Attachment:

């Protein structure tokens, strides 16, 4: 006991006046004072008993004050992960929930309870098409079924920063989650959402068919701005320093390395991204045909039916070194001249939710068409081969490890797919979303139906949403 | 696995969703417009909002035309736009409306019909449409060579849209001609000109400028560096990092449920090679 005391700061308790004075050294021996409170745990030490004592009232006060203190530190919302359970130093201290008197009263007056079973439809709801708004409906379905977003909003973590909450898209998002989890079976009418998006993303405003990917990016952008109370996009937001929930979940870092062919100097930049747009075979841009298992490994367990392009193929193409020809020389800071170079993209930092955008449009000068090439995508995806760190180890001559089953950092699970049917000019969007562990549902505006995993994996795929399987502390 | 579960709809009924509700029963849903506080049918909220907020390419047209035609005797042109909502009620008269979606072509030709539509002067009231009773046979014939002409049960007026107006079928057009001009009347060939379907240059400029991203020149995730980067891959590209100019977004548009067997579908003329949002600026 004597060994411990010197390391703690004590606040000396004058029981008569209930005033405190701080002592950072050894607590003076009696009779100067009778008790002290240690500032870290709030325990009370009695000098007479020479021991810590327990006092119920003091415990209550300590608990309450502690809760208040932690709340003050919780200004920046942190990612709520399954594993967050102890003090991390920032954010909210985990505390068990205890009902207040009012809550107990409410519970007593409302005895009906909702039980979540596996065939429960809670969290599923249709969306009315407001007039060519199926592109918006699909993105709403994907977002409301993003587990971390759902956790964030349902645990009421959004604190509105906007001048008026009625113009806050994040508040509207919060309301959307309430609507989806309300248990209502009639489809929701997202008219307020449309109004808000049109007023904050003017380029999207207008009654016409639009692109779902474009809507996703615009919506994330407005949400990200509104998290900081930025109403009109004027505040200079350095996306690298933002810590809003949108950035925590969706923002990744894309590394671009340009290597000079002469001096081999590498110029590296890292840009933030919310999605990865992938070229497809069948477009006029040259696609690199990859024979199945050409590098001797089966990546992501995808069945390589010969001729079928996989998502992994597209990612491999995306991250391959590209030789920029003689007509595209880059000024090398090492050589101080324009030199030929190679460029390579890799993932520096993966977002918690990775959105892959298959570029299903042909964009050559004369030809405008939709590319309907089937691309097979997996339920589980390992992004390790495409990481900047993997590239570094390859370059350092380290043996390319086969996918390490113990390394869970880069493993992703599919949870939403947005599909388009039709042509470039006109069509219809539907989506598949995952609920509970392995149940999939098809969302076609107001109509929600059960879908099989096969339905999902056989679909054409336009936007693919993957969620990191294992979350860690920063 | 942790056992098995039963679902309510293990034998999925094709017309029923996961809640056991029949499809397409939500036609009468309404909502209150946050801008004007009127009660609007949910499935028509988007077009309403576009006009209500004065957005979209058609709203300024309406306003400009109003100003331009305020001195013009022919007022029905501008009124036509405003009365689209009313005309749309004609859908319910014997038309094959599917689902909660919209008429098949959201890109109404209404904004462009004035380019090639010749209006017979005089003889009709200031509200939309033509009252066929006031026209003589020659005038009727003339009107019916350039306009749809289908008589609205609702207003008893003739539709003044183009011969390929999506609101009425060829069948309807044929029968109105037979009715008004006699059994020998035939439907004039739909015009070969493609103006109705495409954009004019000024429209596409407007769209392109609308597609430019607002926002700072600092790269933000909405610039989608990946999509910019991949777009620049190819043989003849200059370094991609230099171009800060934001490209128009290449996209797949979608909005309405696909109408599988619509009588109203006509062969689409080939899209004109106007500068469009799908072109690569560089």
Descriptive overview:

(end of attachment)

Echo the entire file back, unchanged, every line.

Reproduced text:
């Protein structure tokens, strides 16, 4: 006991006046004072008993004050992960929930309870098409079924920063989650959402068919701005320093390395991204045909039916070194001249939710068409081969490890797919979303139906949403 | 696995969703417009909002035309736009409306019909449409060579849209001609000109400028560096990092449920090679 005391700061308790004075050294021996409170745990030490004592009232006060203190530190919302359970130093201290008197009263007056079973439809709801708004409906379905977003909003973590909450898209998002989890079976009418998006993303405003990917990016952008109370996009937001929930979940870092062919100097930049747009075979841009298992490994367990392009193929193409020809020389800071170079993209930092955008449009000068090439995508995806760190180890001559089953950092699970049917000019969007562990549902505006995993994996795929399987502390 | 579960709809009924509700029963849903506080049918909220907020390419047209035609005797042109909502009620008269979606072509030709539509002067009231009773046979014939002409049960007026107006079928057009001009009347060939379907240059400029991203020149995730980067891959590209100019977004548009067997579908003329949002600026 004597060994411990010197390391703690004590606040000396004058029981008569209930005033405190701080002592950072050894607590003076009696009779100067009778008790002290240690500032870290709030325990009370009695000098007479020479021991810590327990006092119920003091415990209550300590608990309450502690809760208040932690709340003050919780200004920046942190990612709520399954594993967050102890003090991390920032954010909210985990505390068990205890009902207040009012809550107990409410519970007593409302005895009906909702039980979540596996065939429960809670969290599923249709969306009315407001007039060519199926592109918006699909993105709403994907977002409301993003587990971390759902956790964030349902645990009421959004604190509105906007001048008026009625113009806050994040508040509207919060309301959307309430609507989806309300248990209502009639489809929701997202008219307020449309109004808000049109007023904050003017380029999207207008009654016409639009692109779902474009809507996703615009919506994330407005949400990200509104998290900081930025109403009109004027505040200079350095996306690298933002810590809003949108950035925590969706923002990744894309590394671009340009290597000079002469001096081999590498110029590296890292840009933030919310999605990865992938070229497809069948477009006029040259696609690199990859024979199945050409590098001797089966990546992501995808069945390589010969001729079928996989998502992994597209990612491999995306991250391959590209030789920029003689007509595209880059000024090398090492050589101080324009030199030929190679460029390579890799993932520096993966977002918690990775959105892959298959570029299903042909964009050559004369030809405008939709590319309907089937691309097979997996339920589980390992992004390790495409990481900047993997590239570094390859370059350092380290043996390319086969996918390490113990390394869970880069493993992703599919949870939403947005599909388009039709042509470039006109069509219809539907989506598949995952609920509970392995149940999939098809969302076609107001109509929600059960879908099989096969339905999902056989679909054409336009936007693919993957969620990191294992979350860690920063 | 942790056992098995039963679902309510293990034998999925094709017309029923996961809640056991029949499809397409939500036609009468309404909502209150946050801008004007009127009660609007949910499935028509988007077009309403576009006009209500004065957005979209058609709203300024309406306003400009109003100003331009305020001195013009022919007022029905501008009124036509405003009365689209009313005309749309004609859908319910014997038309094959599917689902909660919209008429098949959201890109109404209404904004462009004035380019090639010749209006017979005089003889009709200031509200939309033509009252066929006031026209003589020659005038009727003339009107019916350039306009749809289908008589609205609702207003008893003739539709003044183009011969390929999506609101009425060829069948309807044929029968109105037979009715008004006699059994020998035939439907004039739909015009070969493609103006109705495409954009004019000024429209596409407007769209392109609308597609430019607002926002700072600092790269933000909405610039989608990946999509910019991949777009620049190819043989003849200059370094991609230099171009800060934001490209128009290449996209797949979608909005309405696909109408599988619509009588109203006509062969689409080939899209004109106007500068469009799908072109690569560089």
Descriptive overview: